Wednesday, February 06, 2008

My Survival Strategy: 20 Recession-Proof Ideas

With turbulence in the financial markets and recession fears overhanging the economy, I have a game plan for dealing with difficult financial conditions. Here's how I plan to handle economic uncertainty.

  1. 1. Avoid clothing stores: I recently broke down and purchased a new outfit for my son's Bar Mitzvah, but that was my first shopping trip in over year. I plan to shop on an as-needed basis only. And when I do shop, I'll avoid trendy items that look dated before I have even unpacked my shopping bag.

  2. Limit restaurant meals: This is my biggest hurdle. I love eating out. But that's a trap: I get fatter and my bank account gets thinner. Eating out is not a frugal hobby or a productive recreational activity. The solution is to keep my house stocked with fun food, lots of salad fixings and other DIY treats.

  3. Diversify income: It's important to have a diversified source of income. As a freelance writer, that means I need a broad mix of clients and opportunities. I might even apply for a short-term part-time job to build up my emergency fund. Bottom line: Look for new sources of income.

  4. Keep learning: From graduate school to informal seminars, it's important to update my skills and knowledge, especially in the area of personal finance. I'm also working on several personal development (a-lesson-a-day) programs designed to increase my efficiency and sharpen skills.

  5. Network: Former editors and co-workers remain a steady source of job leads and other income-producing tips. That network also yields other career bonuses. But beyond the meet-and-greet perks, it's just good karma to give back to others, to say "thanks" and to stay in touch.

  6. Build a cushion: From saving spare change to banking a greater portion of my income, I want to increase my savings.

  7. Reduce electric bill: Our electric utility bill must be cut. Our neighbor's bill is half as much as our bill. (More on this next week.)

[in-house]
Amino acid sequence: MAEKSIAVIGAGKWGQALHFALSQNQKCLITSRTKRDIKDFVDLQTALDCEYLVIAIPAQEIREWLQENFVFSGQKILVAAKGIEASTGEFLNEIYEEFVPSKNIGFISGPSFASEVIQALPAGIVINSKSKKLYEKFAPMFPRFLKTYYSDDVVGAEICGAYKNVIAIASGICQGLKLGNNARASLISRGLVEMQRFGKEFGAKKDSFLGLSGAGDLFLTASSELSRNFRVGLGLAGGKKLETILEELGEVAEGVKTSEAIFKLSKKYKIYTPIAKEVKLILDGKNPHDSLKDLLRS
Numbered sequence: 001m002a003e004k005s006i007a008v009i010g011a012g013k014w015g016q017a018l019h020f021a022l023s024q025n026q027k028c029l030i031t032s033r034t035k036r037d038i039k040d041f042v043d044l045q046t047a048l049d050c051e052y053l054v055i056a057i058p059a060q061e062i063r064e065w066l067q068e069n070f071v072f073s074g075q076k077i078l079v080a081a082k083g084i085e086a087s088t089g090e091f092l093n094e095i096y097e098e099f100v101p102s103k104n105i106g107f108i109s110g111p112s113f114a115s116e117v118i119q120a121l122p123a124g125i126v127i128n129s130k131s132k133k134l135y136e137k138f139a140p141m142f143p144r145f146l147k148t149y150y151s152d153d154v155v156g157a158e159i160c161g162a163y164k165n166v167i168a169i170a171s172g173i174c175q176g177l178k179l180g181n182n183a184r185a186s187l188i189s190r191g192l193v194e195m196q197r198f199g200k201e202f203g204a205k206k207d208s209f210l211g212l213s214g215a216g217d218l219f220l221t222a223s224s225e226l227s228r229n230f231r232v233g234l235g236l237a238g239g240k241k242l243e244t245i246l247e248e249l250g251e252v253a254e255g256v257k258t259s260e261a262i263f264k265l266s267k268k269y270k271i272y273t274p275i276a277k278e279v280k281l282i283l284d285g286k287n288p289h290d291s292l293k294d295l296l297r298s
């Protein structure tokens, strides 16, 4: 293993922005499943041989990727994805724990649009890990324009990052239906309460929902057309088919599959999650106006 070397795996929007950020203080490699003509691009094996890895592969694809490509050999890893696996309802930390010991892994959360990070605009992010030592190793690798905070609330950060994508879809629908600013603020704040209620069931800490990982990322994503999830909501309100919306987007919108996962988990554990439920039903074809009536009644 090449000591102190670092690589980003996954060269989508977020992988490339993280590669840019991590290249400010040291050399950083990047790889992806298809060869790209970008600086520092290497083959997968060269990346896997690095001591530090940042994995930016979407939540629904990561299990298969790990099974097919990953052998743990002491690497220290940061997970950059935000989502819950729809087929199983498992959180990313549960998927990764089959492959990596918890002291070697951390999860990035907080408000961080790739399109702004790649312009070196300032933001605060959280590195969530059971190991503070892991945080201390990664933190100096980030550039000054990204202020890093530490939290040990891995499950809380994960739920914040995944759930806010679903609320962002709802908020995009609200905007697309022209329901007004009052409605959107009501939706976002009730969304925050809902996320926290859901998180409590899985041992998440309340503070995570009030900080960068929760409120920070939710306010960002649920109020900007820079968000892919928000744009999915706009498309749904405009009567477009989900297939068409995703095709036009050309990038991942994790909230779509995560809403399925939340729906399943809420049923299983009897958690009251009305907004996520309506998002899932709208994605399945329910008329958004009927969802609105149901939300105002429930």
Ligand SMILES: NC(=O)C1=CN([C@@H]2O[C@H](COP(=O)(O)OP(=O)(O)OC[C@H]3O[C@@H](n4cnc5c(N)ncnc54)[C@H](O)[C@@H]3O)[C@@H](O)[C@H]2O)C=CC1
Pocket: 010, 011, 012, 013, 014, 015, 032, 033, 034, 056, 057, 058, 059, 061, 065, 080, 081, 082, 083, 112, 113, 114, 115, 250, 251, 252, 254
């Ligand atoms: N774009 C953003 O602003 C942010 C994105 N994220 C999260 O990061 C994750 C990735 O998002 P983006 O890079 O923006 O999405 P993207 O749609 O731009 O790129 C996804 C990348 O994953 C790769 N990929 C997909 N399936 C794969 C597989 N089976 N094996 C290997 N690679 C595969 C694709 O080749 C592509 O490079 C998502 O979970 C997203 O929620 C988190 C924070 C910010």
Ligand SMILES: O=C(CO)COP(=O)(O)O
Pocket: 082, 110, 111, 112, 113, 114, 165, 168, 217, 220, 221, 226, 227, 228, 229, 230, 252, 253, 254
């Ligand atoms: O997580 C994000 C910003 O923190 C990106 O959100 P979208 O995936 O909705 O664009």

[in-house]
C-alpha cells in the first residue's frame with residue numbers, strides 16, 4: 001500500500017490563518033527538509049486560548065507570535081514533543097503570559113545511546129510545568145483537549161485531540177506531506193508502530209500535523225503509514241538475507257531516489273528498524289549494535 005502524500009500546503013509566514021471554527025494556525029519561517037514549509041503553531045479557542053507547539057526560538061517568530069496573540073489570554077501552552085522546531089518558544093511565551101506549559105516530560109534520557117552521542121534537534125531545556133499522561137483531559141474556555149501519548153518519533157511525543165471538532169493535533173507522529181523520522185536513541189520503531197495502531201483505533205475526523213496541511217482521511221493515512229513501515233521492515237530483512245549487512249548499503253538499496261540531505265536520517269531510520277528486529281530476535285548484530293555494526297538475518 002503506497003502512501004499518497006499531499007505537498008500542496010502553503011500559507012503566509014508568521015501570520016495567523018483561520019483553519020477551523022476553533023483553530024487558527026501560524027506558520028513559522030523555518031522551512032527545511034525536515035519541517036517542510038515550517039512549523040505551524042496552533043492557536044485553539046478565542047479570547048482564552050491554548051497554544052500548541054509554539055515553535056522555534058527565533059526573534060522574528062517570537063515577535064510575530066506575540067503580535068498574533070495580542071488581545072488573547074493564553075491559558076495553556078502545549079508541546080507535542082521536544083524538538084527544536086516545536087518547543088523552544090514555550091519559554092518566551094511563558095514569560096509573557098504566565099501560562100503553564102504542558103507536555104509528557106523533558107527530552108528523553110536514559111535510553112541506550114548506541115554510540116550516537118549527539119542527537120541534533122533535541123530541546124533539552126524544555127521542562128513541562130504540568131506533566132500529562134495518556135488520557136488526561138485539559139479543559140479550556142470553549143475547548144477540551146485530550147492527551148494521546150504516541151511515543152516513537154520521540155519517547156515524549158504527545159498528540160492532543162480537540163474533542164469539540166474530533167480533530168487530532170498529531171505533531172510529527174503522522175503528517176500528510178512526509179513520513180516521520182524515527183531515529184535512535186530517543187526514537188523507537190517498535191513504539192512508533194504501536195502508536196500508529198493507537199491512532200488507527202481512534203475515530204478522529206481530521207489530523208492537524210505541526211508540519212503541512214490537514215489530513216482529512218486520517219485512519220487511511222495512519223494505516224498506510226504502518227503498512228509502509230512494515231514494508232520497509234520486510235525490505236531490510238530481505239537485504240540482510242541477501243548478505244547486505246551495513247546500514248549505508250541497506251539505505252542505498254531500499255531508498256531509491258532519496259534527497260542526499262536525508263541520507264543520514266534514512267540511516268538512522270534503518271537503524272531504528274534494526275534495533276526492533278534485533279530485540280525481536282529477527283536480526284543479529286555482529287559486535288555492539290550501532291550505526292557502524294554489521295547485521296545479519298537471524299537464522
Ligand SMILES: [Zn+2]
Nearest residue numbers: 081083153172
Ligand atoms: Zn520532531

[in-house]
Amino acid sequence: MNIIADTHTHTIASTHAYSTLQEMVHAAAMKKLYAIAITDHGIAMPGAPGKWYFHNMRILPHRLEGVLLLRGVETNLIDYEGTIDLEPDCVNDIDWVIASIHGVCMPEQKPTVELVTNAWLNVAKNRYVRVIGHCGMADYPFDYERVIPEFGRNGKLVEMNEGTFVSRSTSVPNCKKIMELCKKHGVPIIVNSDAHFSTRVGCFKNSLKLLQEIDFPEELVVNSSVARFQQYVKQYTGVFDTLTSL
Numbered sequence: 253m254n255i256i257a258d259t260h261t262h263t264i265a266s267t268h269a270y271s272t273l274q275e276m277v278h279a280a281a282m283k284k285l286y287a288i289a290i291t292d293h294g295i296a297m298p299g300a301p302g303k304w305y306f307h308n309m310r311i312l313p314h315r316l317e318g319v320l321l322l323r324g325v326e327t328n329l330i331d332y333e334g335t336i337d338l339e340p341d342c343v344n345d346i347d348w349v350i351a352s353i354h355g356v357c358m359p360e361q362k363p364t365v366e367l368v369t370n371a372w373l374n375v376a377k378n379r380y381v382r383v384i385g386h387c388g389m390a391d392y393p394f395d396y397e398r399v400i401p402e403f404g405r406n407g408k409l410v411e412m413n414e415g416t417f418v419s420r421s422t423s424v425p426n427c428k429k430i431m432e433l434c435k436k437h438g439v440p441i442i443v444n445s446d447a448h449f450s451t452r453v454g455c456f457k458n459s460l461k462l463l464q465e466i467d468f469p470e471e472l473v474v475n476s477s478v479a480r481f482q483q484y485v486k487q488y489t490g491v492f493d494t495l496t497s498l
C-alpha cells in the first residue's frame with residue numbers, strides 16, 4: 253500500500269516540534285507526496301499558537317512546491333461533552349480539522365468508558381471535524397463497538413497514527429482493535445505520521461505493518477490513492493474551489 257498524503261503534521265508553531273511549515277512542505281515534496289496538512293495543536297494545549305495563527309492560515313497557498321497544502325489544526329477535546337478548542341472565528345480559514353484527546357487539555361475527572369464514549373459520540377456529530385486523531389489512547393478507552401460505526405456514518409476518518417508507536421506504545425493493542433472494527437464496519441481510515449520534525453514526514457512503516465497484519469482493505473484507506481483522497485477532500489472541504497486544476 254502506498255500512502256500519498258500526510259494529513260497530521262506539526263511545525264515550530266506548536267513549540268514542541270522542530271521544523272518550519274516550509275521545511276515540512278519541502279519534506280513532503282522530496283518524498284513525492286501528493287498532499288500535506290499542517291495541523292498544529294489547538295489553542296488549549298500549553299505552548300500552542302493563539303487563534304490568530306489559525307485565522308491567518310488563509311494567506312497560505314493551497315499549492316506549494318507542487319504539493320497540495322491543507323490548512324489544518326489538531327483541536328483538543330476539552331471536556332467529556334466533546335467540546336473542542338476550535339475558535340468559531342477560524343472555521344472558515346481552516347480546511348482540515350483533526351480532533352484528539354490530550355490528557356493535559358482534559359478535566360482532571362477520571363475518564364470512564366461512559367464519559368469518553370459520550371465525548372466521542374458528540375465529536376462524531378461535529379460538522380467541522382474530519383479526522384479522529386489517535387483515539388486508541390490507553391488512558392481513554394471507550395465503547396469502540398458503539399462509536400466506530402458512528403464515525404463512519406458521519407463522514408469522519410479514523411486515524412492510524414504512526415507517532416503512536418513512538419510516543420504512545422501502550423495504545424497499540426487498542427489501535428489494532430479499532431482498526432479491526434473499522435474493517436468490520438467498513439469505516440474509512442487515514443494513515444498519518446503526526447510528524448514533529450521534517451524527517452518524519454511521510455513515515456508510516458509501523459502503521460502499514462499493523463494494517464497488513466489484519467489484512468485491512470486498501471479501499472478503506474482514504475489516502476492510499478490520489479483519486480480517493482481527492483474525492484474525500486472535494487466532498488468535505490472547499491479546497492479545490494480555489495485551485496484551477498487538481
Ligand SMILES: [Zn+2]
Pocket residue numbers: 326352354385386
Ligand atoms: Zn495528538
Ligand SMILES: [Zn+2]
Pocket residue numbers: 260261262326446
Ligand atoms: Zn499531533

8. Look for money leaks: Disorganization carries assorted penalties: late fees, late-registration surcharges, etc. I plan to eliminate the extra fat in our monthly charges.

  9. Monitor the laundry hamper: Occasionally, my kids will use a shirt or towel --once!!!-- and then toss it into the hamper. Confession: I'm also careless about towels. The extra loads add up. We could save at least $5-$10 a week with a better approach to towels, school uniforms and I-wore-it-once tee-shirts.

  10. Better maintenance: From car repairs to dental work, we could save more money through better care. With our car, a minor repair can develop into a big-ticket expense when we neglect the problem. That means more check-ups, more exercise and an increased level of mindful living.

My list also includes:

  1. cheaper vacations: Better planning and a tighter budget.

  2. a bare face: Do I really need to spend money on cosmetic products that just give me pimples, irritate my eyes and are made from a long list of chemicals that are possibly linked to harmful ailments?

  3. better use of the calendar: I want to do a better job of planning ahead for back to school shopping and other seasonal shopping events. Note to self: Stop waiting until Hurricane Season to buy emergency supplies. Why wait until the lines are long and the prices are high?